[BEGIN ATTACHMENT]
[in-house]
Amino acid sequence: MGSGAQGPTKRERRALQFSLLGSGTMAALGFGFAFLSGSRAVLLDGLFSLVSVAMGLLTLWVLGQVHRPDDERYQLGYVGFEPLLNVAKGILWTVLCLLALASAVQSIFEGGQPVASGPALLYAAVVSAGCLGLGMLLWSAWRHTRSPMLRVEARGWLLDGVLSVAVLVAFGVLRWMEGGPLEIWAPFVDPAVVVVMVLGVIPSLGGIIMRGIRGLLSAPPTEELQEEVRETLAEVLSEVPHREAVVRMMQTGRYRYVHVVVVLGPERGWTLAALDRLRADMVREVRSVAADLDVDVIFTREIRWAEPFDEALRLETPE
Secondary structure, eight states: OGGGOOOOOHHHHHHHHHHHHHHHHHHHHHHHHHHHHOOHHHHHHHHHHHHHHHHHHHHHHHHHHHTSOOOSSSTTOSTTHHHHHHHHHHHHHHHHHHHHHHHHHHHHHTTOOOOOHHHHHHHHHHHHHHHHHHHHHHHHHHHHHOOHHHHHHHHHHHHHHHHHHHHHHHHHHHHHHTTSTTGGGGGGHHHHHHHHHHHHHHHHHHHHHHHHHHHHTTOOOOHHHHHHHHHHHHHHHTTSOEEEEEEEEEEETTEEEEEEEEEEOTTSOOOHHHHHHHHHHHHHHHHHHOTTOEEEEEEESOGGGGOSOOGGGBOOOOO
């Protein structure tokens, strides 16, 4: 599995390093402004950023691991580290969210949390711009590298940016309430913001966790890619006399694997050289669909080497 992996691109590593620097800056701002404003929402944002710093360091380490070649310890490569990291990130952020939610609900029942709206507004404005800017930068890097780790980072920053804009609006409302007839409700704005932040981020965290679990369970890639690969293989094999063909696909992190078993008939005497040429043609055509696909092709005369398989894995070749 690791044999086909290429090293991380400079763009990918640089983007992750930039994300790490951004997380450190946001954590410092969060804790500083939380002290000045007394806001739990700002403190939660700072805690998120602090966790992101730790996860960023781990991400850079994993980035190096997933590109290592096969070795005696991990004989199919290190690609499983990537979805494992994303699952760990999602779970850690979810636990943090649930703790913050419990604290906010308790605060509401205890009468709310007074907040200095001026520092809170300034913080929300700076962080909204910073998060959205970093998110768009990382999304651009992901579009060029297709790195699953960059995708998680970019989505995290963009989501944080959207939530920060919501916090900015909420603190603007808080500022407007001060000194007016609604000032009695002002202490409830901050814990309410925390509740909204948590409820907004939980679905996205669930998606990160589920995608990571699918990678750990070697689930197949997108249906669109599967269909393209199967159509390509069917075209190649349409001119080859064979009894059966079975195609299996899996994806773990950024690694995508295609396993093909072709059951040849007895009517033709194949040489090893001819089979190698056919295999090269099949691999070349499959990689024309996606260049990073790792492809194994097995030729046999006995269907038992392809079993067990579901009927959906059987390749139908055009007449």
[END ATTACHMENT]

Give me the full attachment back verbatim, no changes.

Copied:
[in-house]
Amino acid sequence: MGSGAQGPTKRERRALQFSLLGSGTMAALGFGFAFLSGSRAVLLDGLFSLVSVAMGLLTLWVLGQVHRPDDERYQLGYVGFEPLLNVAKGILWTVLCLLALASAVQSIFEGGQPVASGPALLYAAVVSAGCLGLGMLLWSAWRHTRSPMLRVEARGWLLDGVLSVAVLVAFGVLRWMEGGPLEIWAPFVDPAVVVVMVLGVIPSLGGIIMRGIRGLLSAPPTEELQEEVRETLAEVLSEVPHREAVVRMMQTGRYRYVHVVVVLGPERGWTLAALDRLRADMVREVRSVAADLDVDVIFTREIRWAEPFDEALRLETPE
Secondary structure, eight states: OGGGOOOOOHHHHHHHHHHHHHHHHHHHHHHHHHHHHOOHHHHHHHHHHHHHHHHHHHHHHHHHHHTSOOOSSSTTOSTTHHHHHHHHHHHHHHHHHHHHHHHHHHHHHTTOOOOOHHHHHHHHHHHHHHHHHHHHHHHHHHHHHOOHHHHHHHHHHHHHHHHHHHHHHHHHHHHHHTTSTTGGGGGGHHHHHHHHHHHHHHHHHHHHHHHHHHHHTTOOOOHHHHHHHHHHHHHHHTTSOEEEEEEEEEEETTEEEEEEEEEEOTTSOOOHHHHHHHHHHHHHHHHHHOTTOEEEEEEESOGGGGOSOOGGGBOOOOO
């Protein structure tokens, strides 16, 4: 599995390093402004950023691991580290969210949390711009590298940016309430913001966790890619006399694997050289669909080497 992996691109590593620097800056701002404003929402944002710093360091380490070649310890490569990291990130952020939610609900029942709206507004404005800017930068890097780790980072920053804009609006409302007839409700704005932040981020965290679990369970890639690969293989094999063909696909992190078993008939005497040429043609055509696909092709005369398989894995070749 690791044999086909290429090293991380400079763009990918640089983007992750930039994300790490951004997380450190946001954590410092969060804790500083939380002290000045007394806001739990700002403190939660700072805690998120602090966790992101730790996860960023781990991400850079994993980035190096997933590109290592096969070795005696991990004989199919290190690609499983990537979805494992994303699952760990999602779970850690979810636990943090649930703790913050419990604290906010308790605060509401205890009468709310007074907040200095001026520092809170300034913080929300700076962080909204910073998060959205970093998110768009990382999304651009992901579009060029297709790195699953960059995708998680970019989505995290963009989501944080959207939530920060919501916090900015909420603190603007808080500022407007001060000194007016609604000032009695002002202490409830901050814990309410925390509740909204948590409820907004939980679905996205669930998606990160589920995608990571699918990678750990070697689930197949997108249906669109599967269909393209199967159509390509069917075209190649349409001119080859064979009894059966079975195609299996899996994806773990950024690694995508295609396993093909072709059951040849007895009517033709194949040489090893001819089979190698056919295999090269099949691999070349499959990689024309996606260049990073790792492809194994097995030729046999006995269907038992392809079993067990579901009927959906059987390749139908055009007449």